If the supply of Korean-made dynamic random access memory chips is suspended for two months, it will disrupt the production of 230 million mobile phones worldwide, a top-level South Korean government official said. DRAM production could be disrupted on account of a historical and trade dispute with Japan.

Kim Hyun-chong, deputy director of the South Korean presidential National Security Office, said Monday in an interview with a Korean radio show, “Japan also relies on us. For example, we have 72.4% of the market share in the global DRAM market. Now we are making 10-nano-level chips, and our competitors in the US and China are 20-30 nano chips. We’re going with a 7-nano process soon.”

“If the supply of DRAMs is stopped for two months, there will be a setback in making 230 million smartphones around the world,” he said. “That could be our response [to the Japanese measure] or a retaliatory measure.”

One nano is one-billionth of a meter thick. In semiconductor production, nano indicates the degree of circuit width. The lower the figure, the more refined the process a chip maker achieved to improve the performance of chips and reduce costs.

Seoul has revealed a counter-offensive card that would involve excluding Japan from its “white list” of countries favored in trade after Tokyo tightened restrictions on exports of key semiconductor materials to Korea and took Korea off its own white list.

A government official told Asia Times early this month that if Japan is excluded from the Korean white list, restrictions on the export of DRAMs to Japan could be tightened.

“The strategic materials related to the white-list countries are similar around the world. They are mostly parts and materials,” he said. “Since DRAM is also a part, DRAM export to Japan could be tightly controlled if Japan is excluded from our white list.”

Still, it remains to be seen whether the South Korean government will weaponize DRAMs.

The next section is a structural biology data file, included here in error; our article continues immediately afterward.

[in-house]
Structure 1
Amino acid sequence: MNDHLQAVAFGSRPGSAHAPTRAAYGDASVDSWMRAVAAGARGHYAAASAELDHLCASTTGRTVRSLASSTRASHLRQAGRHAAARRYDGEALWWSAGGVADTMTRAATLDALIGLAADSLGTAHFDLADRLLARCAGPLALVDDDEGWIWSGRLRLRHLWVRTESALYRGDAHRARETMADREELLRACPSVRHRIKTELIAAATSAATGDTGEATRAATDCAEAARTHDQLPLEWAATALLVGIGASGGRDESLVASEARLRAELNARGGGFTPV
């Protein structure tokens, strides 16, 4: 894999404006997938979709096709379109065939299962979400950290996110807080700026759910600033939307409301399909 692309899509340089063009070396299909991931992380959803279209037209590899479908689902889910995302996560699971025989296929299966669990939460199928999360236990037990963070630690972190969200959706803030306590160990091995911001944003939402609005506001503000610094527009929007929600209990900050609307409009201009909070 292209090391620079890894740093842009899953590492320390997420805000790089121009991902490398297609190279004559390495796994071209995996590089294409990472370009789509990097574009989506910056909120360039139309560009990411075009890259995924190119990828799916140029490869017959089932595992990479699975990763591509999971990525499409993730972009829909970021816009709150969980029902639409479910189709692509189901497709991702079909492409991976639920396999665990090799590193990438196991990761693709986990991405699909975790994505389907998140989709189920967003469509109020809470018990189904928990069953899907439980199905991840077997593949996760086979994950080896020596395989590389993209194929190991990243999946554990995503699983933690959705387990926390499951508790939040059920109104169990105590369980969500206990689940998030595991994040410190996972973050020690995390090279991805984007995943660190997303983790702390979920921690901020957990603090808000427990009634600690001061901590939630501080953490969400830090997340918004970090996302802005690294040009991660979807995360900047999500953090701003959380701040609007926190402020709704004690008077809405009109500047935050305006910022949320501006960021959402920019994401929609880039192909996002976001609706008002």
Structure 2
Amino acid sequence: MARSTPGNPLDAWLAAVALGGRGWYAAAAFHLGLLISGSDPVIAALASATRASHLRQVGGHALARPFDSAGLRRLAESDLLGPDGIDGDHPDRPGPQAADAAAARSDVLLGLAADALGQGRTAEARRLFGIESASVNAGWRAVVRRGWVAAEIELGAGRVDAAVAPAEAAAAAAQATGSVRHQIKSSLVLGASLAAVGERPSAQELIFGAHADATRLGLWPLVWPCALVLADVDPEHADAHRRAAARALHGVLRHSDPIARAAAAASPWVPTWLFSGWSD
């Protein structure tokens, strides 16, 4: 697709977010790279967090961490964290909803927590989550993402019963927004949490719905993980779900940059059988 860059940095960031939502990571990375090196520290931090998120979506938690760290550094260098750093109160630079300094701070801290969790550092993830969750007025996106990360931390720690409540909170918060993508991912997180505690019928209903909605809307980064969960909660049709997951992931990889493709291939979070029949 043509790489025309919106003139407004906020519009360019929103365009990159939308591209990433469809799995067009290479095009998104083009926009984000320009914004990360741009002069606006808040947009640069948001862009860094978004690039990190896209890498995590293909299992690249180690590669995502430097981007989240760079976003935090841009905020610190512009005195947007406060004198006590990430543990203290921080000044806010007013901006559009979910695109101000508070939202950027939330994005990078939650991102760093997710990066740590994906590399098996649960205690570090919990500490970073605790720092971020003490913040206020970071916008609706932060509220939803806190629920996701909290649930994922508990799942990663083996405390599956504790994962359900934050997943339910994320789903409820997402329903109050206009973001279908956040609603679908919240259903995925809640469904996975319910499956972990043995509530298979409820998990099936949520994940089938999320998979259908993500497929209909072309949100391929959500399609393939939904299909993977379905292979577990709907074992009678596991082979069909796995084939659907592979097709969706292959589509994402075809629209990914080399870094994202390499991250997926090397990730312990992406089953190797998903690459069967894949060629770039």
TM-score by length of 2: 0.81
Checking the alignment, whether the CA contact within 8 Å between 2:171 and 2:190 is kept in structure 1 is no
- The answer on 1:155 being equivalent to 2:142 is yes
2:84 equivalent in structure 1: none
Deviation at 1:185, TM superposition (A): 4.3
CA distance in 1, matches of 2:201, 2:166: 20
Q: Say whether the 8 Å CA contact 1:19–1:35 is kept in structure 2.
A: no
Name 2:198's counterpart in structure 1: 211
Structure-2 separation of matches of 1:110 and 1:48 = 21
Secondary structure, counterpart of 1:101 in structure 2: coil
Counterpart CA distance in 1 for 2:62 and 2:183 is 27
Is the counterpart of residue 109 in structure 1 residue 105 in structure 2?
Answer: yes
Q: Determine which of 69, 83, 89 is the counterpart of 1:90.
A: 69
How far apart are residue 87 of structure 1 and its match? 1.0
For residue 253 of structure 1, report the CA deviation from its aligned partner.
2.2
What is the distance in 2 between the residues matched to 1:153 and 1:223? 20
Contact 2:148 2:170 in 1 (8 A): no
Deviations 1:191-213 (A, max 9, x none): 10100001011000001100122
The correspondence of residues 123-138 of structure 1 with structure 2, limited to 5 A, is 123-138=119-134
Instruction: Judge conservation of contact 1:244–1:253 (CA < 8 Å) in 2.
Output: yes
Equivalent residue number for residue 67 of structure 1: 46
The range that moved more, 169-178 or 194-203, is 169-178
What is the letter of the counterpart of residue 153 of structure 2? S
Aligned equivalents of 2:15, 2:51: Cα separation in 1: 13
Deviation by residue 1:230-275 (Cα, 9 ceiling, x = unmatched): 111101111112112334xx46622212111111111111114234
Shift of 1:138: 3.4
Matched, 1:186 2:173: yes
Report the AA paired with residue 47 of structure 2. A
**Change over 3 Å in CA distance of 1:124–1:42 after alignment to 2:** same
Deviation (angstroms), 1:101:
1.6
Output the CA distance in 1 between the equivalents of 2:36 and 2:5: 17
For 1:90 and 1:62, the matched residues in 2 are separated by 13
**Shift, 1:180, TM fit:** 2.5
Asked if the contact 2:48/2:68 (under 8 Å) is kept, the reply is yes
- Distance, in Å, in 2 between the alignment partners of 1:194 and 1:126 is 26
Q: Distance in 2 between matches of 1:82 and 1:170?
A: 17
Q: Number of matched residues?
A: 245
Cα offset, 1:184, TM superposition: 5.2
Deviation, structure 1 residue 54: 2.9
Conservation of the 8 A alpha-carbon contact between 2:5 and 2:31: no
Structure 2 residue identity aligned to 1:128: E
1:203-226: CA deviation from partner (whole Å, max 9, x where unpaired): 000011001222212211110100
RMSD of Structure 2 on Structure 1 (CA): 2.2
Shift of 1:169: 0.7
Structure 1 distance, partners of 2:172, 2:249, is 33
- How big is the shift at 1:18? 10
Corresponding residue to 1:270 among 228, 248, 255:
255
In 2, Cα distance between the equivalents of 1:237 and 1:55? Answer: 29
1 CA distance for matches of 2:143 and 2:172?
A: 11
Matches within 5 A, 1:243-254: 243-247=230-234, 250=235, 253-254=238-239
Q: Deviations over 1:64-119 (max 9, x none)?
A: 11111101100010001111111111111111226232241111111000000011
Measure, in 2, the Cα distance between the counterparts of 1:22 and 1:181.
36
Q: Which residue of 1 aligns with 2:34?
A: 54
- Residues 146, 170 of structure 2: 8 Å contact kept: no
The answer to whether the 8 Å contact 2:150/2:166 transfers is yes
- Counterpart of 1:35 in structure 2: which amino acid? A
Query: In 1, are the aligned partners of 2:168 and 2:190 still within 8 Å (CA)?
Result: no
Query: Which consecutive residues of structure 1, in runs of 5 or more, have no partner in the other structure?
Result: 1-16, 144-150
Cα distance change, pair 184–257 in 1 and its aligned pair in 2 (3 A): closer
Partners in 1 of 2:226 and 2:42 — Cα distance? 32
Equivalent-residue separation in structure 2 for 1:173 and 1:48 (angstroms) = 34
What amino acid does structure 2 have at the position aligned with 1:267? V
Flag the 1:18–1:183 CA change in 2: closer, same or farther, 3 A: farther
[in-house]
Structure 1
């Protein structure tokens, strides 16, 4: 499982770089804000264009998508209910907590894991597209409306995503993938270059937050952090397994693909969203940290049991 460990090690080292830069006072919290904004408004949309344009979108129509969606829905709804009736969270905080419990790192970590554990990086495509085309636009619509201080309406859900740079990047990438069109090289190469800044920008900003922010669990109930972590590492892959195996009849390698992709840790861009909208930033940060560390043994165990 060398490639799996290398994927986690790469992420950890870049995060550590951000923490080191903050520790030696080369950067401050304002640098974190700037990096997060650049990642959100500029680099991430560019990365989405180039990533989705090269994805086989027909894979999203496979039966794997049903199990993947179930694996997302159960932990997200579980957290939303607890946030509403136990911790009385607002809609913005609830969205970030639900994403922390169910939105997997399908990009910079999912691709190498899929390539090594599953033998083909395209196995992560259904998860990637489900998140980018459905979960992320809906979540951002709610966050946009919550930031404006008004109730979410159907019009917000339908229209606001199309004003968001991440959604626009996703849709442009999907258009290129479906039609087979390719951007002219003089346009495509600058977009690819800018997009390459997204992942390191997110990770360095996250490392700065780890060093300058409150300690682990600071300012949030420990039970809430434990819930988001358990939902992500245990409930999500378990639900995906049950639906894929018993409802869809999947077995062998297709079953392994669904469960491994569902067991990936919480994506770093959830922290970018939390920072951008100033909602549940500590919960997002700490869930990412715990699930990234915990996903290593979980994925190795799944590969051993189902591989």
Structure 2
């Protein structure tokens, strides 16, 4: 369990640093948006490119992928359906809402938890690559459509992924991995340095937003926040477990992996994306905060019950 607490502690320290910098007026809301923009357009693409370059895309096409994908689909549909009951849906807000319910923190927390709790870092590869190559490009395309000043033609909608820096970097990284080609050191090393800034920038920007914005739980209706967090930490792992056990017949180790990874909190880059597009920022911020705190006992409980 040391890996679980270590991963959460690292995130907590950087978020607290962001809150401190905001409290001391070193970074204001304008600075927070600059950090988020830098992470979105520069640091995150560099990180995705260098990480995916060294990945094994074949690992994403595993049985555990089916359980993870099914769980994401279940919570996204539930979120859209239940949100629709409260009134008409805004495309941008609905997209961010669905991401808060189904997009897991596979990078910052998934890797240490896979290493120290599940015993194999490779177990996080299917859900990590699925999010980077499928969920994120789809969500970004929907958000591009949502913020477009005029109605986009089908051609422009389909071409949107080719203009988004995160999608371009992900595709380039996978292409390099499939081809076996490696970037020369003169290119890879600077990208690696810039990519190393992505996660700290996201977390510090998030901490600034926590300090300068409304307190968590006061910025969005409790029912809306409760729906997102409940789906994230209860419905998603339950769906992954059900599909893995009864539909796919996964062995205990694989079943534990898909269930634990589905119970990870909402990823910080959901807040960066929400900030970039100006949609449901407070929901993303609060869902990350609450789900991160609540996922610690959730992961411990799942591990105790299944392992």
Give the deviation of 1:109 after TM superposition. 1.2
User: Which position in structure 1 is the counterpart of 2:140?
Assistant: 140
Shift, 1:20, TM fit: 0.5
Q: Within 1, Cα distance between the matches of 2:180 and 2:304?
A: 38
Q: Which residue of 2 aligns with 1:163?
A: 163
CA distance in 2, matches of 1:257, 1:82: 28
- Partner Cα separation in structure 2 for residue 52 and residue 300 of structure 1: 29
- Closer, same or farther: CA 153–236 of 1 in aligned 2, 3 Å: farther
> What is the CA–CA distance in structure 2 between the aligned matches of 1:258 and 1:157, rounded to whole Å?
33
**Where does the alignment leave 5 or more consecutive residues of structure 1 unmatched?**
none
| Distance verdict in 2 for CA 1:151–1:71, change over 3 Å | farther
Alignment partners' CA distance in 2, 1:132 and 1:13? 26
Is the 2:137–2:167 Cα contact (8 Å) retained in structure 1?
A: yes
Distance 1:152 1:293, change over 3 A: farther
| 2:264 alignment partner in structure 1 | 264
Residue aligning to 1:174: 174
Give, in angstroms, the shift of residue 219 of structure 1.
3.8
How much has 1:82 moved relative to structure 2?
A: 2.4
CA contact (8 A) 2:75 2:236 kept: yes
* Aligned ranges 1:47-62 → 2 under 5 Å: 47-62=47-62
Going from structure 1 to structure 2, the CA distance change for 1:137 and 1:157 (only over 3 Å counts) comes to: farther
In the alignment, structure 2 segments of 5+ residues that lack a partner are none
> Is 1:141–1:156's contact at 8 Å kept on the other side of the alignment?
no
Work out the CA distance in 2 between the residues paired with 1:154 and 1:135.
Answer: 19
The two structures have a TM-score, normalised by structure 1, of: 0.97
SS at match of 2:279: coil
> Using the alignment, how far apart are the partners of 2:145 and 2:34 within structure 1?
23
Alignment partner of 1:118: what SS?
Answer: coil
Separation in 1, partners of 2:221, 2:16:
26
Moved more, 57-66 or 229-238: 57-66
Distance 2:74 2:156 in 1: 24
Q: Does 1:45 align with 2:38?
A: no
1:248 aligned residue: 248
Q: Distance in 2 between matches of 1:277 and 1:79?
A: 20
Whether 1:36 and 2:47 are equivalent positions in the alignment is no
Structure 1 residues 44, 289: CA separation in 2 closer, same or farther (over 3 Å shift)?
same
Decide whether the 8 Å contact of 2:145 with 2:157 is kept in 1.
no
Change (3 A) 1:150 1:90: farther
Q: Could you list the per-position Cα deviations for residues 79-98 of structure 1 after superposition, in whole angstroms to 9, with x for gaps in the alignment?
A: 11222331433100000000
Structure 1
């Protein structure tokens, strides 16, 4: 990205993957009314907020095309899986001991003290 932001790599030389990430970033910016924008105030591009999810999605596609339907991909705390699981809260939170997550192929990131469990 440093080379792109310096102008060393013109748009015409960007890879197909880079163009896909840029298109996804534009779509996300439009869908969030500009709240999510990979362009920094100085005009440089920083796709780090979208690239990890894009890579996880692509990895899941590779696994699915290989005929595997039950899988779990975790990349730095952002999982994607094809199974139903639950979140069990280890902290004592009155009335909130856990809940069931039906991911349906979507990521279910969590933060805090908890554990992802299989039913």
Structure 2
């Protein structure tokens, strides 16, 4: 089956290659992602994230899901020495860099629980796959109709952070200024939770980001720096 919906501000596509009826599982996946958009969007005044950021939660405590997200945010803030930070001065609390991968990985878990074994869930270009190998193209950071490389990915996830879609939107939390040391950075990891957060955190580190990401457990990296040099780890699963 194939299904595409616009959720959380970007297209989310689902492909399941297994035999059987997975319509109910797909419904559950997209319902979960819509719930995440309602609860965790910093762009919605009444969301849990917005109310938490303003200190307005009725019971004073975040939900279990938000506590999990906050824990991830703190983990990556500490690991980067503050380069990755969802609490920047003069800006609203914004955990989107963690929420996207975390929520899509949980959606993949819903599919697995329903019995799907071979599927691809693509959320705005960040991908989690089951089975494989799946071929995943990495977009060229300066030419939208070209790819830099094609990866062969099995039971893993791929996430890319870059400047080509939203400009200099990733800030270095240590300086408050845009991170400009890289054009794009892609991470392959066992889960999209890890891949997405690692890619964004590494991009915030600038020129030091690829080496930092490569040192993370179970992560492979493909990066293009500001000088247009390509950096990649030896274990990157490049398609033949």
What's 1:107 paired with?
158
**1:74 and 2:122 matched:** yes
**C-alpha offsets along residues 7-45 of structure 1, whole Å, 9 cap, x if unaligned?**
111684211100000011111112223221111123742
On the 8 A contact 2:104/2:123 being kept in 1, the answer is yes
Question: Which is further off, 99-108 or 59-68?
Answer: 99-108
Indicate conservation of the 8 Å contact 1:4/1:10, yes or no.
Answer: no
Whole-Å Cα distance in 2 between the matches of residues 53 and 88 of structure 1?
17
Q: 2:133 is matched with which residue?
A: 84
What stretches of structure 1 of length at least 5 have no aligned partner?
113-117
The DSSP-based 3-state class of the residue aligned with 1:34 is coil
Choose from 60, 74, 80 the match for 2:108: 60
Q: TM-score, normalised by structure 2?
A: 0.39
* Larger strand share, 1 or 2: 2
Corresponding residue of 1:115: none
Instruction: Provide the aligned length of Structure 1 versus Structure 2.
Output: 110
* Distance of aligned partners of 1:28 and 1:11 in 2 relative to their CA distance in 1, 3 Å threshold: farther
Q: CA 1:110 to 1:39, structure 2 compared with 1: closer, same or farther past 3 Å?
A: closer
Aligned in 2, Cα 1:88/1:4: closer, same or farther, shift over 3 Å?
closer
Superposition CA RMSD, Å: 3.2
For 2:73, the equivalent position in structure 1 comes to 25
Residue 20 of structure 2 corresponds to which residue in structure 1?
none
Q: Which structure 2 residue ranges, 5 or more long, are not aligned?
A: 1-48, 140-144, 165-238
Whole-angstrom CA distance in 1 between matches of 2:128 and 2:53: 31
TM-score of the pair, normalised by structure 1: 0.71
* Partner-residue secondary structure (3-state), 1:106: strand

“I think it would be best if we catch up with Japan or outpace Japan in terms of technology to produce [strategically important] parts, materials and electronics, and fourth industrial revolution-related products,” said Kim.

Regarding the economic impact of Japans’s white-list measure that excluded Korea, Kim said, “The strategic materials that really affect us are a handful.” He added that upon review of the 1,194 strategic materials whose export to non-white-list countries is restricted, “we realized that it wouldn’t affect our economy as much as expected.”

Amid criticism that Washington needs to play a role in resolving trade conflicts between South Korea and Japan, Kim said he was not asking the US to mediate between the two countries.

“If I ask for arbitration from the US, I’m sure there will be a ‘bill’ for their work, so why would I ask for it?” he said.

Asked if Korea would scrap the Korea-Japan General Security of Military Information Agreement, Kim said Seoul would “consider it carefully. ”

Japan and Korea signed GSOMIA on November 11, 2016, to share information on national security matters such as North Korean nuclear and missile tests. Some Korean lawmakers and activists urged the government to sever the agreement after Tokyo tightened export control against Korea,

Kim said that, in the long run, Korea should depend less on trade in economic growth and outpace Japan in terms of technology, stressing that it should secure competent researchers and engineers and give sufficient incentives for acquiring foreign companies in key technology sectors.